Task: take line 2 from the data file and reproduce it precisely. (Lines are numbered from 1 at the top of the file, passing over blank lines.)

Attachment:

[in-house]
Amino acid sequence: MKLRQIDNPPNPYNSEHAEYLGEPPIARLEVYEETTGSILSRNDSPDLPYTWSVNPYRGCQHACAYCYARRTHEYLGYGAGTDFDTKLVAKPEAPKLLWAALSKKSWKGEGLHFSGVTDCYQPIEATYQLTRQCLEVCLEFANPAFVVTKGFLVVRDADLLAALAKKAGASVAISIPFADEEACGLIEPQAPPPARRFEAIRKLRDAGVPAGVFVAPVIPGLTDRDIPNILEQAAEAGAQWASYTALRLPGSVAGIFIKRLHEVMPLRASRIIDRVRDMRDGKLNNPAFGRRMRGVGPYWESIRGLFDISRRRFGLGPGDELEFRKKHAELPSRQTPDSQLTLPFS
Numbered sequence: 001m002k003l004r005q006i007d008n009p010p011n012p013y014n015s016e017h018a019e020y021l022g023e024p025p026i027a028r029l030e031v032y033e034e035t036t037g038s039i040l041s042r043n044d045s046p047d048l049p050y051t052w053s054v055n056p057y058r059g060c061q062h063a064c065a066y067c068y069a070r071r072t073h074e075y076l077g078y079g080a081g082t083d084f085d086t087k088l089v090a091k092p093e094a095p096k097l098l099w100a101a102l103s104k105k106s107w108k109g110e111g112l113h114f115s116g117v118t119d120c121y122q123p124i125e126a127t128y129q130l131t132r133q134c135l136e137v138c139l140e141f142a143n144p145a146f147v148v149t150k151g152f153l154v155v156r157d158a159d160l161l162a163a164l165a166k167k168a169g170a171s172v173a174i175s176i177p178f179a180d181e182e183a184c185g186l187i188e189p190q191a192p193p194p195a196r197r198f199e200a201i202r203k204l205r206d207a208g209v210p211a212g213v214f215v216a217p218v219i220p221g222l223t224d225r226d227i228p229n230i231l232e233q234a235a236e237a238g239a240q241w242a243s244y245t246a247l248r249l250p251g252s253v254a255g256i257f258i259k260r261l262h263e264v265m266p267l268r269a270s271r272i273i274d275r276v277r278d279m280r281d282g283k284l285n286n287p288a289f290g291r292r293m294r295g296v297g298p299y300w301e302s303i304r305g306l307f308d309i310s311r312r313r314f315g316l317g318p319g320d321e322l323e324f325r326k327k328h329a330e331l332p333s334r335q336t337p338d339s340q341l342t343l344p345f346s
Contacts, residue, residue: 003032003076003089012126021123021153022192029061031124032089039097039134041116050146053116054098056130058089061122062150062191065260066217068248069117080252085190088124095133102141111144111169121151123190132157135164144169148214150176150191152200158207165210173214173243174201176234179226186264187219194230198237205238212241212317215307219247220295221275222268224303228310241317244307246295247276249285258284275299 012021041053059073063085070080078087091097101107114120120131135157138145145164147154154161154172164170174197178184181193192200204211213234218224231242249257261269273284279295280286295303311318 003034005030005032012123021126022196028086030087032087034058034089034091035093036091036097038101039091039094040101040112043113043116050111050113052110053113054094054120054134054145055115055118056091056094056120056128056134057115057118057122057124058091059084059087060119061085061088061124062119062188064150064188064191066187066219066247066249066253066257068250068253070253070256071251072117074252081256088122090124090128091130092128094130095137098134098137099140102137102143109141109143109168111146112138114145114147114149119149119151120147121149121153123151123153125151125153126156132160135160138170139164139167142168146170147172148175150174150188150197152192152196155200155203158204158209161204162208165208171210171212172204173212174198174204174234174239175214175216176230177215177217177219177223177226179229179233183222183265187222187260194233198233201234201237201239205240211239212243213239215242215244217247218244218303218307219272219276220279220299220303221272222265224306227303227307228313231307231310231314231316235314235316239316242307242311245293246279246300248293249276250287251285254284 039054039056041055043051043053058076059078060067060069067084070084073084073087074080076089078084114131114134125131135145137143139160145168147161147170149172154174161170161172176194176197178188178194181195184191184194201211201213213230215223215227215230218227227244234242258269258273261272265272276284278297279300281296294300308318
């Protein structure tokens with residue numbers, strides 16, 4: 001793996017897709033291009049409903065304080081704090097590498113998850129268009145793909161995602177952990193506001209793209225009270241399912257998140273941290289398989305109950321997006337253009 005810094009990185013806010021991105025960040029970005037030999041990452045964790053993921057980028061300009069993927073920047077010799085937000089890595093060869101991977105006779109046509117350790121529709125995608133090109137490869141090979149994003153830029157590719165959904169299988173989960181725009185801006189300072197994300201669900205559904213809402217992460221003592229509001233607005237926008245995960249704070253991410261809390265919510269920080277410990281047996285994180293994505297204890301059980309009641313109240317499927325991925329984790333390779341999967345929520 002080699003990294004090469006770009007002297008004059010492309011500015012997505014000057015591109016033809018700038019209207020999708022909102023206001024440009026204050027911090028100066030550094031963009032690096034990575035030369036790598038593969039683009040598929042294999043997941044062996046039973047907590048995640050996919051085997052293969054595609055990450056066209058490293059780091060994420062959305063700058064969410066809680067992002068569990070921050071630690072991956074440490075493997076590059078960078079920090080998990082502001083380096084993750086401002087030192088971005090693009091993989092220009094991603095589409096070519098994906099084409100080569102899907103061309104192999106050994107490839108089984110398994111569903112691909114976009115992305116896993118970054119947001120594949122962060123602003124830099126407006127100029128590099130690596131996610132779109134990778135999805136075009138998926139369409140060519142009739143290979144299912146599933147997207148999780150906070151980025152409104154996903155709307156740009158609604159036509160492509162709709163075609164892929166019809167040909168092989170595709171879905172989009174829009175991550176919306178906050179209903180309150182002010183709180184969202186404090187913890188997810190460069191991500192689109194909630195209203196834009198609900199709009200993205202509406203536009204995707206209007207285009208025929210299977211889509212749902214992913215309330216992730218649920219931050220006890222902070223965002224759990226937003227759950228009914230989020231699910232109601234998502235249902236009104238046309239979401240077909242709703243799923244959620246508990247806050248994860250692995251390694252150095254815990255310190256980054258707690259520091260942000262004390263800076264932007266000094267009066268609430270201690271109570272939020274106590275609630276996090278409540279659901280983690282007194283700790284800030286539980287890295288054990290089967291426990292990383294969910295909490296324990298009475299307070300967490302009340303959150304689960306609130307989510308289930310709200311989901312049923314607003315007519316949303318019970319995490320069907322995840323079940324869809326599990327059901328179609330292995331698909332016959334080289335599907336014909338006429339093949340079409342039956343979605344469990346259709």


Amino acid sequence: MKLRQIDNPPNPYNSEHAEYLGEPPIARLEVYEETTGSILSRNDSPDLPYTWSVNPYRGCQHACAYCYARRTHEYLGYGAGTDFDTKLVAKPEAPKLLWAALSKKSWKGEGLHFSGVTDCYQPIEATYQLTRQCLEVCLEFANPAFVVTKGFLVVRDADLLAALAKKAGASVAISIPFADEEACGLIEPQAPPPARRFEAIRKLRDAGVPAGVFVAPVIPGLTDRDIPNILEQAAEAGAQWASYTALRLPGSVAGIFIKRLHEVMPLRASRIIDRVRDMRDGKLNNPAFGRRMRGVGPYWESIRGLFDISRRRFGLGPGDELEFRKKHAELPSRQTPDSQLTLPFS